I have an Apple Cinema Display circa 2007. It's attached to my 2013 Mac Pro via a HDMI/USB breakout cable connected to one of the Thunderbolt 2 ports and into one of the D300s.

The display has recently begun showing a sort of "ghost image" of closed windows and such, so I have started to look at the ASUS PA329Q as a potential replacement.

My question is:

Since it has a miniDisplayPort 1.2 port, can I plug a cable directly from my thunderbolt port to this port? If so:

  • Will it drive the full 3840 x 2160 without problem?

  • Will that single cable make the USB ports on the monitor work?

  • everymac.com/systems/apple/mac_pro/specs/… - 3 x 4k displays, but idk the cabling required – Tetsujin Sep 5 '19 at 16:32
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    I've edited your question and in the process removed the "side question". Besides the fact this site works best when each question is focused on a single issue, that part of your post was also off-topic as it was primarily opinion based. After all, no-one here is going to know if the ghosting was always present and you just didn't notice it. All the best with your main question. :) – Monomeeth Sep 5 '19 at 21:21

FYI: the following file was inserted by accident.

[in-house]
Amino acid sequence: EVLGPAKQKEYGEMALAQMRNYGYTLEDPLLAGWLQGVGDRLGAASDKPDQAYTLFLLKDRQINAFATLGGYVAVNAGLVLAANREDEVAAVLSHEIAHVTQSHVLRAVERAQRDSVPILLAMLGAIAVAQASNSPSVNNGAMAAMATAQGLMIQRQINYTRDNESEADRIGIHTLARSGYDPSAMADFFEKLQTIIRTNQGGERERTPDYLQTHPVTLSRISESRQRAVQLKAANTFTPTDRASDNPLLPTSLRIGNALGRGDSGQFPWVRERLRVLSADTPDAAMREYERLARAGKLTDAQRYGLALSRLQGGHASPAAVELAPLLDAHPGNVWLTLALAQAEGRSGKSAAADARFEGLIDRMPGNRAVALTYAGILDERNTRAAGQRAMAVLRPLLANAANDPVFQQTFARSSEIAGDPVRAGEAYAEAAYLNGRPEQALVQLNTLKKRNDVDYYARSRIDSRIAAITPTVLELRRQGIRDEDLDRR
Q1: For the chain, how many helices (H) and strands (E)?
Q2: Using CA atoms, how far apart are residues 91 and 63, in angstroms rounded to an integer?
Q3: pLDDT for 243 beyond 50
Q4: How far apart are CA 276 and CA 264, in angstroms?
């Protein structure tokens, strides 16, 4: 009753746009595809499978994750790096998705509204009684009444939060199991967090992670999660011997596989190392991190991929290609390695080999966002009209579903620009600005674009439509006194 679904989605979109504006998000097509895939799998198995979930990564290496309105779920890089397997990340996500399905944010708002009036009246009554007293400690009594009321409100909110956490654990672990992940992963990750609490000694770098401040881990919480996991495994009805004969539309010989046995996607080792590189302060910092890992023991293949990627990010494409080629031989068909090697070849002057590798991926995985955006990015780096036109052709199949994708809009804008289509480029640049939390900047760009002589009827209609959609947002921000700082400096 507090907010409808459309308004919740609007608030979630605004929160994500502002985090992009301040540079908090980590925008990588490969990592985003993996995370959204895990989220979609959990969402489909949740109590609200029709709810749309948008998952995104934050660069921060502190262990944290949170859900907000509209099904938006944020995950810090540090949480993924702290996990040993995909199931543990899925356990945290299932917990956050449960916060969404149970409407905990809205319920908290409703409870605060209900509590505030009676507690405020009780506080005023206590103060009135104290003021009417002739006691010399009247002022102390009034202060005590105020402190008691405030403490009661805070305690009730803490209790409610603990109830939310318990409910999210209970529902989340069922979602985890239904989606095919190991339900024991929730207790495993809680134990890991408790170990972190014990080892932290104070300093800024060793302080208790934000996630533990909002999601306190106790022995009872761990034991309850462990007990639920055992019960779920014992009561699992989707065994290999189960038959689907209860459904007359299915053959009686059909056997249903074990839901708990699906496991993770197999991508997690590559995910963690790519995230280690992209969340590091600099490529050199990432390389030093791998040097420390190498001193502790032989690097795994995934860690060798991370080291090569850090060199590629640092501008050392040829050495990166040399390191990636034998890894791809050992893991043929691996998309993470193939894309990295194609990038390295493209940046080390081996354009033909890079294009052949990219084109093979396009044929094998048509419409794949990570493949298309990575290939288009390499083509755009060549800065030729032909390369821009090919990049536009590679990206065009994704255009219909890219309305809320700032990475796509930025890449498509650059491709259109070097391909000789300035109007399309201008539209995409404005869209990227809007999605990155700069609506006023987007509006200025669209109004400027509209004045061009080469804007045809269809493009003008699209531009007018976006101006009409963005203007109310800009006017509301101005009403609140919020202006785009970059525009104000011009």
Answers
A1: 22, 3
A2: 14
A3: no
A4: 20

It will drive the full 3840 x 2160 without problem. However, it will only be carrying video signal, not data or power. As such, it will not make the USB ports on the monitor work.

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  • Thanks Jeremy! Is this a limitation of the monitor, the cable, or the Mac? – Maury Markowitz Sep 6 '19 at 15:08
  • Also, can I get USB on the monitor by connecting a USB to the Mac? Or is that something's that's up to the monitor and may be dependant on that? – Maury Markowitz Sep 6 '19 at 15:14
  • If the monitor had a Thunderbolt connection then you would be able to use a Thunderbolt cable and get data along with the video signal. – Jeremy Pinnix Sep 6 '19 at 22:41
  • It is really up to how the USB ports are set up on the monitor as to whether or not that will work. – Jeremy Pinnix Sep 6 '19 at 22:42

All Thunderbolt ports are also DisplayPort ports, but not all DisplayPort-capable ports carry Thunderbolt. The six shaved-squared-corners Thunderbolt 2 ports on your Mac Pro actually start out as Mini DisplayPort, and appeared under that name as video outputs a full year before we saw our first Thunderbolt logo on anything.

If your new display just has regular DisplayPort inputs, a simple cable with MiniDP on one end and DP on t'other will be more than adequate.

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